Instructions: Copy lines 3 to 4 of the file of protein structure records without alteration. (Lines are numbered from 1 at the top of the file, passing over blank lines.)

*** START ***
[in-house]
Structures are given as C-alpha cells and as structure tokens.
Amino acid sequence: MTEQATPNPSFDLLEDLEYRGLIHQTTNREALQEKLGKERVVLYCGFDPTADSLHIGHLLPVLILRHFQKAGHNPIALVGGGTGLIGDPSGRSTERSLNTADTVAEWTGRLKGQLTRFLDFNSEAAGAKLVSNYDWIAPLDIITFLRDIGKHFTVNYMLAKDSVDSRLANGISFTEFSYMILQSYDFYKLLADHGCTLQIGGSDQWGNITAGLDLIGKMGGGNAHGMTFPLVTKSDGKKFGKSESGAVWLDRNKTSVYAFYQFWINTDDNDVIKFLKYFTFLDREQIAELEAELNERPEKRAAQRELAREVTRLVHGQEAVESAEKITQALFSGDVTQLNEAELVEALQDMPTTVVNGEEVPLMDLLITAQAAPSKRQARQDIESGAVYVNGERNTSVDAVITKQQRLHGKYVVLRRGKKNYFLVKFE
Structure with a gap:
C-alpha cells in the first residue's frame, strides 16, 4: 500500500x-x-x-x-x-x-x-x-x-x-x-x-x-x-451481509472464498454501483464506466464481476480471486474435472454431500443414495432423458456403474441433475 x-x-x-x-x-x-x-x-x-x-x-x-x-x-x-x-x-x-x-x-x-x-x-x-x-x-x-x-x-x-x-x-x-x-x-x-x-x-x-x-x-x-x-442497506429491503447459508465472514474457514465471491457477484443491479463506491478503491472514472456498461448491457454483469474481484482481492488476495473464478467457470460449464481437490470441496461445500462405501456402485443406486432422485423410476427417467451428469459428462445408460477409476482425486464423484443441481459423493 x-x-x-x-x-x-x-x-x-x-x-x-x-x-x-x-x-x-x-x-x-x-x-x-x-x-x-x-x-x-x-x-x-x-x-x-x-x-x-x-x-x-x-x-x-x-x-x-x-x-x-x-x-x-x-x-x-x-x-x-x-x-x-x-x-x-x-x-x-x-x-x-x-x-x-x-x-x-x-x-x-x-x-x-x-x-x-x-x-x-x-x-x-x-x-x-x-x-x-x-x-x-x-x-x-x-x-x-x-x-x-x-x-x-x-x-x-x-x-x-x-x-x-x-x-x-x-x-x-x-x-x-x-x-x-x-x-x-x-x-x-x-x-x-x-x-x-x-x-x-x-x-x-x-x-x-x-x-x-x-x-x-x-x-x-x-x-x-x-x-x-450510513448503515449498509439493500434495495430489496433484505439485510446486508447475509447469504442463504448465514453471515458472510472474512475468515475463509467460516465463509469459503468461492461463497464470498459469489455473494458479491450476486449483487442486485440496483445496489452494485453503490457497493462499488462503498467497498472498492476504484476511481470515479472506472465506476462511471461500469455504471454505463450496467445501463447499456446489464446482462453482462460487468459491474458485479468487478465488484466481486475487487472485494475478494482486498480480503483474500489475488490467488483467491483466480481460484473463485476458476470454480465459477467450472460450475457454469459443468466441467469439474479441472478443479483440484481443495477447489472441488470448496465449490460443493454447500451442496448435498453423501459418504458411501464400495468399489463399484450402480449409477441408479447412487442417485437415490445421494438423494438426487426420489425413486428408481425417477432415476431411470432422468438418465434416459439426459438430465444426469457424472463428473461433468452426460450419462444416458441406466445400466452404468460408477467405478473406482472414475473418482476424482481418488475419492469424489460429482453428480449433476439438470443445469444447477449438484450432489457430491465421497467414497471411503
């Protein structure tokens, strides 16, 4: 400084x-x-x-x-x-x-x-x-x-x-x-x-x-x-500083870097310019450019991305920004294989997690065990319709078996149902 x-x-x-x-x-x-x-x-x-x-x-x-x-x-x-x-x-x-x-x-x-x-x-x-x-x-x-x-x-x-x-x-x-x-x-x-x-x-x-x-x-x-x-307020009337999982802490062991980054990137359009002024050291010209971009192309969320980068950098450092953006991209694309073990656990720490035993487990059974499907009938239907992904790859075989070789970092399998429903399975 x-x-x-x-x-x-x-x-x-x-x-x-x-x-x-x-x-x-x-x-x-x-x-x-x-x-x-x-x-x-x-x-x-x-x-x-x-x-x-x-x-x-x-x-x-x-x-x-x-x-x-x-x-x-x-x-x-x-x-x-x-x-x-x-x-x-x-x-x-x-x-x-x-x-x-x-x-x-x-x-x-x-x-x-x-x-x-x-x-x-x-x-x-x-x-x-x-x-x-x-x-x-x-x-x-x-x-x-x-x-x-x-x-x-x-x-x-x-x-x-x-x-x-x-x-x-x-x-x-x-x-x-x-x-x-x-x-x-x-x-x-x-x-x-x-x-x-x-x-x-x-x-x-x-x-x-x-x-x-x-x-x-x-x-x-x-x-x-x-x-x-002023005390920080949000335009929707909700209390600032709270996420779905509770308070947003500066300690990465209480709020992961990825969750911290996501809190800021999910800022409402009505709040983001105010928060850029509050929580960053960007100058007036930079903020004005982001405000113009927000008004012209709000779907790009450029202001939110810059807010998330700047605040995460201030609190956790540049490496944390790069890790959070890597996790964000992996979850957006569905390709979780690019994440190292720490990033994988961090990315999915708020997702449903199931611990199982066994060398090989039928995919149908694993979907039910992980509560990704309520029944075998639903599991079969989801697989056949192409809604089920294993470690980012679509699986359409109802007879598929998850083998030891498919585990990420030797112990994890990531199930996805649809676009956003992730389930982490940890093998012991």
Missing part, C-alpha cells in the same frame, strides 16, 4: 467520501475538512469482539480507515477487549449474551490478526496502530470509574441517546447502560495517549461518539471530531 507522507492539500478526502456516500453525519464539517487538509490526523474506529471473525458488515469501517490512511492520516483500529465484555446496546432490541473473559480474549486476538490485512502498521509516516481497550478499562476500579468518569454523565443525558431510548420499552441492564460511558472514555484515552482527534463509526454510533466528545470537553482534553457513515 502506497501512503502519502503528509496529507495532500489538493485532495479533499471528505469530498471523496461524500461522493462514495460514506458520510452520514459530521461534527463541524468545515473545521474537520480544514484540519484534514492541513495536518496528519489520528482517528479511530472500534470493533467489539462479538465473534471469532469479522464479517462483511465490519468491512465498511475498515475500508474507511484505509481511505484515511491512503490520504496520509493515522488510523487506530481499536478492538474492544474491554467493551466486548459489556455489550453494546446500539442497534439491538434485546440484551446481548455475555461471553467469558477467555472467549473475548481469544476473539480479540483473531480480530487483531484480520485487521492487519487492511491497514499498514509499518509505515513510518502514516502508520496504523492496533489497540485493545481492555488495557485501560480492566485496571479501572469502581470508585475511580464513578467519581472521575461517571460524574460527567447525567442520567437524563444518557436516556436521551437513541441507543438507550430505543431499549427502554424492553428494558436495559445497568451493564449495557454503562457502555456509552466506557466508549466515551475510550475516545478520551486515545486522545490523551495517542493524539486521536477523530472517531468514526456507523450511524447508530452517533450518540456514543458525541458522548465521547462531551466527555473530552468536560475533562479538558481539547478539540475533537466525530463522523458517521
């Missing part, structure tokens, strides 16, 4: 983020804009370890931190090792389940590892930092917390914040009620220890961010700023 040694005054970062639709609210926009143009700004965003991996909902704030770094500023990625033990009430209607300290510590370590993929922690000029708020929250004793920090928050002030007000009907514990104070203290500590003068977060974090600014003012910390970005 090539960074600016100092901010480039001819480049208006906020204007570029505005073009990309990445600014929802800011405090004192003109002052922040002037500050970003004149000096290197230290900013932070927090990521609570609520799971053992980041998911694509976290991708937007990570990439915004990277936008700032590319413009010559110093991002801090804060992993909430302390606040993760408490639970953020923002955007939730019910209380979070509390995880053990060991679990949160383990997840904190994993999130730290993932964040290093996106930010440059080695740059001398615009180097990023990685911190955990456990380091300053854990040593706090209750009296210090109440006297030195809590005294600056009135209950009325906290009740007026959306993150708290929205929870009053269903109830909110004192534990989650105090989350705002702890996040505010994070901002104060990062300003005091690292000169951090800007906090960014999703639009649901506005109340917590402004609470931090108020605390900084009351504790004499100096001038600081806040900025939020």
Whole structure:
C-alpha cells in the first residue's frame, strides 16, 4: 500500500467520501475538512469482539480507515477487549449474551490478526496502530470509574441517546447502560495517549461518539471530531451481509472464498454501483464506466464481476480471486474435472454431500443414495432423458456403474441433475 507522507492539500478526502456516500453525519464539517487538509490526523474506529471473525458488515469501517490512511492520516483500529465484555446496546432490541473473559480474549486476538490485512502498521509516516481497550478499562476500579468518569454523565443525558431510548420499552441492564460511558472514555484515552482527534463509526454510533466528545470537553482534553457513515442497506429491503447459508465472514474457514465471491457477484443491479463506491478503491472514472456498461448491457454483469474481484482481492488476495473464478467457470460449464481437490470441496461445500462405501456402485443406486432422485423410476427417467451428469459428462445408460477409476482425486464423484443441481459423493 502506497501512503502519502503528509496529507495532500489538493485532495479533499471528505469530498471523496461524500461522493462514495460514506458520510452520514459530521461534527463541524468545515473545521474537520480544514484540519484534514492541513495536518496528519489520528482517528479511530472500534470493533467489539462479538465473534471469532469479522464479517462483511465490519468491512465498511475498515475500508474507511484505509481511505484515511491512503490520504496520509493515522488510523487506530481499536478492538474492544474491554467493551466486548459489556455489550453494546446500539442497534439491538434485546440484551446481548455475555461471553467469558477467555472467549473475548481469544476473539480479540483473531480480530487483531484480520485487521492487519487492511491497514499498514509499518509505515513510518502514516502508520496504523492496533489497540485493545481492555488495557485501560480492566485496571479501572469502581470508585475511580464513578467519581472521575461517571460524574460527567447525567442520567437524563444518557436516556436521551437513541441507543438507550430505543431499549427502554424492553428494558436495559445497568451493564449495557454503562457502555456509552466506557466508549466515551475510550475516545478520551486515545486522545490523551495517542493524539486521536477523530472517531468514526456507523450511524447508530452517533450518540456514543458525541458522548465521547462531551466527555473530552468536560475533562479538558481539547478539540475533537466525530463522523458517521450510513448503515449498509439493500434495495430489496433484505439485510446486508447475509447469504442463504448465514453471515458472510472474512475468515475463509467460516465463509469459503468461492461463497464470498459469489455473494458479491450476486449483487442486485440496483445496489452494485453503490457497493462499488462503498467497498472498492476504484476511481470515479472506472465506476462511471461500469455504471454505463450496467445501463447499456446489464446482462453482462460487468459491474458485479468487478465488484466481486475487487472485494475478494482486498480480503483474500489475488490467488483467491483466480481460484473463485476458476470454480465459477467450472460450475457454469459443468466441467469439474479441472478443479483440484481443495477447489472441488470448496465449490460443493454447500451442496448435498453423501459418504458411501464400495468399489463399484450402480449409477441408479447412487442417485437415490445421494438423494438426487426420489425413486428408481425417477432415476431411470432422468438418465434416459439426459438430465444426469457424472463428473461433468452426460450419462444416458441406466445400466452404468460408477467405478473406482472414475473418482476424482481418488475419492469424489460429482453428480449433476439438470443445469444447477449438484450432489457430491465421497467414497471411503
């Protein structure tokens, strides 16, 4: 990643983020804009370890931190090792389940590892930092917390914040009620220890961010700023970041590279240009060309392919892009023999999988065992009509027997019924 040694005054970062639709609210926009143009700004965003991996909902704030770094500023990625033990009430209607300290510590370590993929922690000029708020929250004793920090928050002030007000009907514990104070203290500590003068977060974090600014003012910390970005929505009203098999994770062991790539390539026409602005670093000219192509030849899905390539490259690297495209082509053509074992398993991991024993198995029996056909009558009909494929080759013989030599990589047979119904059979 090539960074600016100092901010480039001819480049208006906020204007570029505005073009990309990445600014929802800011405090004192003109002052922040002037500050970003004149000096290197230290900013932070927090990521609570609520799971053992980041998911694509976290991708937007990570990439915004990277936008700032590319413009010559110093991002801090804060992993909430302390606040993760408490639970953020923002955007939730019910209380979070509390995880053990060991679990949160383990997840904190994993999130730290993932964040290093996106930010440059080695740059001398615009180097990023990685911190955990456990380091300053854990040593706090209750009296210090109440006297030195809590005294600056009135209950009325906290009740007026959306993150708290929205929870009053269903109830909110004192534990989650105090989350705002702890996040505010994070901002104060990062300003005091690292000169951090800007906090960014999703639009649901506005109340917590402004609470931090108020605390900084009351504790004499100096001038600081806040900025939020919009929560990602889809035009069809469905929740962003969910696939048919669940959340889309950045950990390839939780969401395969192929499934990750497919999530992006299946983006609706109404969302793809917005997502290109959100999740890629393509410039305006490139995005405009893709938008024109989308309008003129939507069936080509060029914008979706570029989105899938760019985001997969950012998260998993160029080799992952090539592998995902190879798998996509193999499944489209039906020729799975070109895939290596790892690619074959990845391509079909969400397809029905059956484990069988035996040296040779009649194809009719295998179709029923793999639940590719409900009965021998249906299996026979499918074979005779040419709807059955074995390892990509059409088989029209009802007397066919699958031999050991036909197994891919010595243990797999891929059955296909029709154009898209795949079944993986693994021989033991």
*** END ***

Amino acid sequence: MTEQATPNPSFDLLEDLEYRGLIHQTTNREALQEKLGKERVVLYCGFDPTADSLHIGHLLPVLILRHFQKAGHNPIALVGGGTGLIGDPSGRSTERSLNTADTVAEWTGRLKGQLTRFLDFNSEAAGAKLVSNYDWIAPLDIITFLRDIGKHFTVNYMLAKDSVDSRLANGISFTEFSYMILQSYDFYKLLADHGCTLQIGGSDQWGNITAGLDLIGKMGGGNAHGMTFPLVTKSDGKKFGKSESGAVWLDRNKTSVYAFYQFWINTDDNDVIKFLKYFTFLDREQIAELEAELNERPEKRAAQRELAREVTRLVHGQEAVESAEKITQALFSGDVTQLNEAELVEALQDMPTTVVNGEEVPLMDLLITAQAAPSKRQARQDIESGAVYVNGERNTSVDAVITKQQRLHGKYVVLRRGKKNYFLVKFE
Structure with a gap: